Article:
is the first installment of a multi-part article on the history
of NYC's emergency medical service.
March 17, 1996, the New York City Fire Department became not only
the primary provider of pre-hospital emergency care in the five
boroughs, but the largest fire department-based EMS in the country.
Many of the improvements in pre-hospital medical care that have
been implemented since then have been a direct result of this merger.
These advances have impacted the EMS Bureau as well as the Fire
Implementation of the CFR-D program has helped create a true, three-tiered
emergency medical system in New York City. Certified First Responder
Defibrillator (CFR-D) is the first and basic level of training,
followed by Basic Life Support and then Advanced Life Support.
Studies by the American Heart Association have shown a dramatic
increase in the survival rates for out-of-hospital cardiac arrest
victims who have quick and efficient CPR and defibrillation, followed
by rapid access to the 911 system. The merger of FDNY and the NYC
EMS has made this tiered response more seamless and effective, generating
a downward trend in response times and saving the lives of countless
New Yorkers every year.
These trends of lower response times and increased survival were
not always the case.
In the early years (1870) of "pre-hospital" emergency
care in New York City, ambulances were dispatched via telegraph
from Bellevue Hospital's Centre Street branch. Ambulances were staffed
with a highly trained medical doctor or surgeon from the hospital.
In the first year alone, they responded to more than 1800 calls
for help throughout the city.
However, as the call volume increased, if a doctor was not available
to respond to a call, the hospital would place other personnel (such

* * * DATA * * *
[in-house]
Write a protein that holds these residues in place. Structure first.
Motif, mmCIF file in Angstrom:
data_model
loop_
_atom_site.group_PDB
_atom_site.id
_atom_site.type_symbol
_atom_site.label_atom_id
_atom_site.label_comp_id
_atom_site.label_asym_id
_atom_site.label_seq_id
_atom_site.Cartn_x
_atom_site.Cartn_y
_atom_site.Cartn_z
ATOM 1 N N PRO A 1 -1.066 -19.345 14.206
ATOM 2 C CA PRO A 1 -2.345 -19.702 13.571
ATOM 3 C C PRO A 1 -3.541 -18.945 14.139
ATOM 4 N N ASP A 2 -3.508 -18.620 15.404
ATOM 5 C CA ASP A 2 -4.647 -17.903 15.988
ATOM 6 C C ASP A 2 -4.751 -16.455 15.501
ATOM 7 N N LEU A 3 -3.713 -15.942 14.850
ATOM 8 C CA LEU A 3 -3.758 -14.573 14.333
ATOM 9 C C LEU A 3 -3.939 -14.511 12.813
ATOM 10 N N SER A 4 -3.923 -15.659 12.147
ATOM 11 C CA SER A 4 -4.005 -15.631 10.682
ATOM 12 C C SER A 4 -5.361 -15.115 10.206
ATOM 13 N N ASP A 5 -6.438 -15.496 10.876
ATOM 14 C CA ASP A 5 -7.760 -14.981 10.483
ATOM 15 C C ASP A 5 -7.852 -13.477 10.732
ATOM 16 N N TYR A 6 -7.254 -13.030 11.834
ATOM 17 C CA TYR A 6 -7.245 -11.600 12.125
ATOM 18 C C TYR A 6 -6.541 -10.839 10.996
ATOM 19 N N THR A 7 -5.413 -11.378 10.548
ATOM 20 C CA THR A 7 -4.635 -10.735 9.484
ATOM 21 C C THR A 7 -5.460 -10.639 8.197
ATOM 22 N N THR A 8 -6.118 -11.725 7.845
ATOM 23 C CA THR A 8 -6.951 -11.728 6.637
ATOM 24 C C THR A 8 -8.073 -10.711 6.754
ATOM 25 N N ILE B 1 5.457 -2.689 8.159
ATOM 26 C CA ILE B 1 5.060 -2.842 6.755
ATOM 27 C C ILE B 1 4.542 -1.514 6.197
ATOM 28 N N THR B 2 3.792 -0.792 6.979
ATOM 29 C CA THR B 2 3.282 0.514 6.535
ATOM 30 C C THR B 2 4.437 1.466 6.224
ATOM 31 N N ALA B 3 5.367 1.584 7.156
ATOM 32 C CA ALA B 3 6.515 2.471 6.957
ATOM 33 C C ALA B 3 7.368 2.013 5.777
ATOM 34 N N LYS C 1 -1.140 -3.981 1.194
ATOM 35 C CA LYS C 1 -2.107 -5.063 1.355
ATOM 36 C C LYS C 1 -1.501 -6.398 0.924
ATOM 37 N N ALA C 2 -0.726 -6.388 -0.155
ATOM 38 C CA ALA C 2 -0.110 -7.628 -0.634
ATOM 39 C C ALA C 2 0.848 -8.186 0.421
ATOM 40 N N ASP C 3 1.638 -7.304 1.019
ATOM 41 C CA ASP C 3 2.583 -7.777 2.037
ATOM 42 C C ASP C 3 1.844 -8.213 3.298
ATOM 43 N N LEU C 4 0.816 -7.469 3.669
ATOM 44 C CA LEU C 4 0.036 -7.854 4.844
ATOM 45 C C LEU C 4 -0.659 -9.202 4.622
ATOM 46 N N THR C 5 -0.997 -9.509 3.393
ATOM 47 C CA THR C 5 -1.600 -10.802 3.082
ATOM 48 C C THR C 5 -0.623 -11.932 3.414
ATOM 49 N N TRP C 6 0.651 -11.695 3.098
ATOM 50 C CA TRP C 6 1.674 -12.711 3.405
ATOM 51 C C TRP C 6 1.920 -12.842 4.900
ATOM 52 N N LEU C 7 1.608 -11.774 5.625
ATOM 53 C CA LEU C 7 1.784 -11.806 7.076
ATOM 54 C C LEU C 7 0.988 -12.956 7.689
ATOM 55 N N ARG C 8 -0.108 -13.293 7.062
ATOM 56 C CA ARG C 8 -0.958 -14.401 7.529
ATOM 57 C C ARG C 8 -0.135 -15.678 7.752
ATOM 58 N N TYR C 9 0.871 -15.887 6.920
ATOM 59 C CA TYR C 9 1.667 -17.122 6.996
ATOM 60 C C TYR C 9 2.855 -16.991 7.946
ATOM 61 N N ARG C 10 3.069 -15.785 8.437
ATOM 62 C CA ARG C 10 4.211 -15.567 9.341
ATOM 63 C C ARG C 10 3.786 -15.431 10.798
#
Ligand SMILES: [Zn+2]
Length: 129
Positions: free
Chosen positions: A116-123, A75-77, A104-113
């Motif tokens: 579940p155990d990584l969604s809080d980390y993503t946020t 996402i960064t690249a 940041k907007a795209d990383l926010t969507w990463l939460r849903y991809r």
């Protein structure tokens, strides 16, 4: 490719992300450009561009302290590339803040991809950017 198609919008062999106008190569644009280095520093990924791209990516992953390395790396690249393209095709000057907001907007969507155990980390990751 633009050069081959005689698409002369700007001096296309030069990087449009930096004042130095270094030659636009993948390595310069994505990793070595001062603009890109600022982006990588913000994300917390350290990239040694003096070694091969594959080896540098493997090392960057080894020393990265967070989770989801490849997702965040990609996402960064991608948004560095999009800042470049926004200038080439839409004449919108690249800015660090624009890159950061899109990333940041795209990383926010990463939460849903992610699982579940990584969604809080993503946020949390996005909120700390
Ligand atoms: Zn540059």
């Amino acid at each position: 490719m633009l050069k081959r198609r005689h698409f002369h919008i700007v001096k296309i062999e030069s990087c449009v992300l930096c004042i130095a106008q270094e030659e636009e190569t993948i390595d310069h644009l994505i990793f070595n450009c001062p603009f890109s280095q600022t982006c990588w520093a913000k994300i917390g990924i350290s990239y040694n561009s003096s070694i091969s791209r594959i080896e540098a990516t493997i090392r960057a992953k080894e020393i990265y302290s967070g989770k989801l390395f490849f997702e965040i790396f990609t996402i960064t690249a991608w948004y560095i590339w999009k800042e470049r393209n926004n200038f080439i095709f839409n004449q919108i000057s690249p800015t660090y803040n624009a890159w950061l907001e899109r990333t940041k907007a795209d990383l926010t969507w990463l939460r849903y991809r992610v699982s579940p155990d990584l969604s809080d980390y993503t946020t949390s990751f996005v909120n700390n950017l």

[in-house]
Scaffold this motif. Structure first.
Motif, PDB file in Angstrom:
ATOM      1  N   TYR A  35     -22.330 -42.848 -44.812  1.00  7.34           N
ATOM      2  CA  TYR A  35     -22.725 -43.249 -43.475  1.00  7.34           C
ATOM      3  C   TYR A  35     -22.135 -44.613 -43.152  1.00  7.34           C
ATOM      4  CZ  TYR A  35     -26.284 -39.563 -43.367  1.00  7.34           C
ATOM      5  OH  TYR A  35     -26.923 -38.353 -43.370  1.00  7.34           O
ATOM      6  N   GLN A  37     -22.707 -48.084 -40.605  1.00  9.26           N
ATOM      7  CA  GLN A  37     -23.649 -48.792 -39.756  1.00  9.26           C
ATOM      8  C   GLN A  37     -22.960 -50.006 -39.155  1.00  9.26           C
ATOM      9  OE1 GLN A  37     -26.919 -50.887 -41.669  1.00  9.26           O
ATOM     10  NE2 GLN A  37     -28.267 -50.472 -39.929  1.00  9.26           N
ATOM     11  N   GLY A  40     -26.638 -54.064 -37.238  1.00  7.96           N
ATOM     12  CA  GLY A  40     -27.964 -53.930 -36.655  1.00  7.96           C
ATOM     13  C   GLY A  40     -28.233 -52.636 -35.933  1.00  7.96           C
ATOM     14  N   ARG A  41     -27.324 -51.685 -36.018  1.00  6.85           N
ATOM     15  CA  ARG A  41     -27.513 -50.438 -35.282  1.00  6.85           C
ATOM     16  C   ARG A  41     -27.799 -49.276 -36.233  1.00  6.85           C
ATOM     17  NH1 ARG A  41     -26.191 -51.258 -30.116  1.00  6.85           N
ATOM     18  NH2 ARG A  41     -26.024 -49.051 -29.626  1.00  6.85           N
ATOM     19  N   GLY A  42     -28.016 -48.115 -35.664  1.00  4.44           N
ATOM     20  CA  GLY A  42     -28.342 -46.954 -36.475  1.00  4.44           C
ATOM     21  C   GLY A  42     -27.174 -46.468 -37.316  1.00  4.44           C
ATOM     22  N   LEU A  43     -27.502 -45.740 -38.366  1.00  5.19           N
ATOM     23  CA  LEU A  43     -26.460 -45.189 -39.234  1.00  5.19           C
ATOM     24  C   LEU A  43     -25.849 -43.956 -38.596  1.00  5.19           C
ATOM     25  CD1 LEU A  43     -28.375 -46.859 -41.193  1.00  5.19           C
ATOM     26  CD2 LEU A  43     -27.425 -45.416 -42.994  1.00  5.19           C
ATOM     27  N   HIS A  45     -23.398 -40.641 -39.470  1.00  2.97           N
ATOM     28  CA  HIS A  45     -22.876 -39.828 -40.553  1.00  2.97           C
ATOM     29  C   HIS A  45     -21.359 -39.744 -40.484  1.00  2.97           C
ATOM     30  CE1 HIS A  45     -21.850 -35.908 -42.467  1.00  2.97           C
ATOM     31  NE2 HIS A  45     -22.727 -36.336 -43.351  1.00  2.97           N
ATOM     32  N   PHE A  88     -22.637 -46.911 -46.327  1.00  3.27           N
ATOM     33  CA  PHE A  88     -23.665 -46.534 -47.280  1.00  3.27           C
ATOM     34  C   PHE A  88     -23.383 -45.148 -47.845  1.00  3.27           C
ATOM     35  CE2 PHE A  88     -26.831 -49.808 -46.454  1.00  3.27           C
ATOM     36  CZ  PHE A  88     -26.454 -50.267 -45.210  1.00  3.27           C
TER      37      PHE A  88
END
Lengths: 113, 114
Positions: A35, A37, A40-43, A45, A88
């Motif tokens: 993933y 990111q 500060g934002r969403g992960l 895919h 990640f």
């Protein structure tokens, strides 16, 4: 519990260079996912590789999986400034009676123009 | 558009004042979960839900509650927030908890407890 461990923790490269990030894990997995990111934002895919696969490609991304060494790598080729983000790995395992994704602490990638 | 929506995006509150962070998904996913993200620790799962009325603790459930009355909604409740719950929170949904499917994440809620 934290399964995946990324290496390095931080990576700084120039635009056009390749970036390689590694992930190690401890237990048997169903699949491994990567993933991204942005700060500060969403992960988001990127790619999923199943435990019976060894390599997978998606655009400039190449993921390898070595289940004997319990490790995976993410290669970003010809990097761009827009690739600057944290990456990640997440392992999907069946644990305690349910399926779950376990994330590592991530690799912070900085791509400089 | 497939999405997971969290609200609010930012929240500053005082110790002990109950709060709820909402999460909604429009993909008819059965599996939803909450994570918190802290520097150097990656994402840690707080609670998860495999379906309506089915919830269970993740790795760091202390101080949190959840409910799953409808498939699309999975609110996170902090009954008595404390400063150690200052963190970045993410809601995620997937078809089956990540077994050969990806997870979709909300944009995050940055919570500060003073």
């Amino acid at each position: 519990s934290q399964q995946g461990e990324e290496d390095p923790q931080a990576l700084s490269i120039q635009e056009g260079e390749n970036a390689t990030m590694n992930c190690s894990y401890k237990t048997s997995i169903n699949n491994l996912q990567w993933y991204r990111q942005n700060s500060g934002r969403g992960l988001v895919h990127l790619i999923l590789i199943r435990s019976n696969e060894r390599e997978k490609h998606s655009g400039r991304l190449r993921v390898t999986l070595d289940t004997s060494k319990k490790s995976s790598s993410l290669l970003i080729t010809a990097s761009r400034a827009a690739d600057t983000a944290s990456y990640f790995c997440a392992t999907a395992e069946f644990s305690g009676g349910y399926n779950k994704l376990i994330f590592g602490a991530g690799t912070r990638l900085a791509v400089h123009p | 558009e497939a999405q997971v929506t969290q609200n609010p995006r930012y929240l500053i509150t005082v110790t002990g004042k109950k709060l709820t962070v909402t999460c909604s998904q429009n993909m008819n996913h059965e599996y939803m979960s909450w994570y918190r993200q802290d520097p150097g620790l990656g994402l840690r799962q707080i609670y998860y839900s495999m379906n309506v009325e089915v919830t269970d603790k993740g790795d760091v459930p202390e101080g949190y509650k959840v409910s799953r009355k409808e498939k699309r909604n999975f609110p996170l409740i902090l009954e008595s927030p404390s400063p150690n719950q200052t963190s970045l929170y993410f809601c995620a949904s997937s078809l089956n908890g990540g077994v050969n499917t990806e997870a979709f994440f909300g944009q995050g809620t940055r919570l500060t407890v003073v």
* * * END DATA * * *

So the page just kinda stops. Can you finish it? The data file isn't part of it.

as an orderly or -in a rare instance- a janitor or a member of the
kitchen staff) on the ambulance. With little or no training, the
"ambulance driver" would respond to calls for help from
the sick or injured, frequently arriving at the scene hours later
without the proper equipment or training to treat the patient. Because
of this lack of training and technology, the majority of the more
seriously injured patients already had expired by the time the ambulance
reached them and almost surely by the time they reached the hospital.
As the population continued to grow throughout the 19th century
and into the industrial revolution of the early 20th century, the
needs for additional training and easier access to rapid pre-hospital
emergency medical care became apparent. Injuries caused by mechanical
devices or as a result of industrial accidents were becoming more
and more common.
1909 through 1929, ambulances in New York City operated under the
supervision of the Board of Ambulance Service, which was presided
over by the Police Commissioner. During this period, the medical
community was beginning to realize the benefits of good pre-hospital
medical care and rapid transport. By this time, 45 hospital-based
ambulances12 municipal and 33 voluntary-responded to almost
343,000 emergency calls annually.
Ambulance crews were comprised of motor vehicle operators (ambulance
drivers) and patient care personnel with varying levels of training,
ranging from hospital-ward orderlies to physicians and "ambulance
surgeons." Ambulance personnel worked at their regular duties
in the hospital and were "called out" when a request for
an ambulance was received. This often resulted in extended response
times and, occasionally, poor medical care, too. Each hospital interpreted
administrative procedures and practices concerning ambulance services
and operations according to its own set of rules, which almost always
resulted in a significant variation of service provided.
Pre-hospital care generally was limited to a "scoop and run"
operation. Additionally, ambulances transported patients back to
the hospitals in which they were based, regardless of whether another
hospital was closer or better equipped to handle that specific patients
medical condition. This often left whole areas of the city without
ambulance coverage. Furthermore, the Police Department had no real
jurisdiction over the ambulances; they were powerless to prevent
hospital administrators from assigning all of their ambulances to
transfers and holding none available for emergencies.
By the late 1960s, with the annual total of emergency runs nearing
400,000, the Department of Hospitals Commissioner centralized all
of the city municipal ambulances under the control and direction
of the Ambulance and Transportation Division of the Department of
Hospitals. For the first time in nearly 100 years, it became possible
to establish uniformity in the city ambulance service, allowing
for a more structured approach to pre-hospital care.
The next part of this series will feature "The
paramedic is born--A new era in pre-hospital care begins."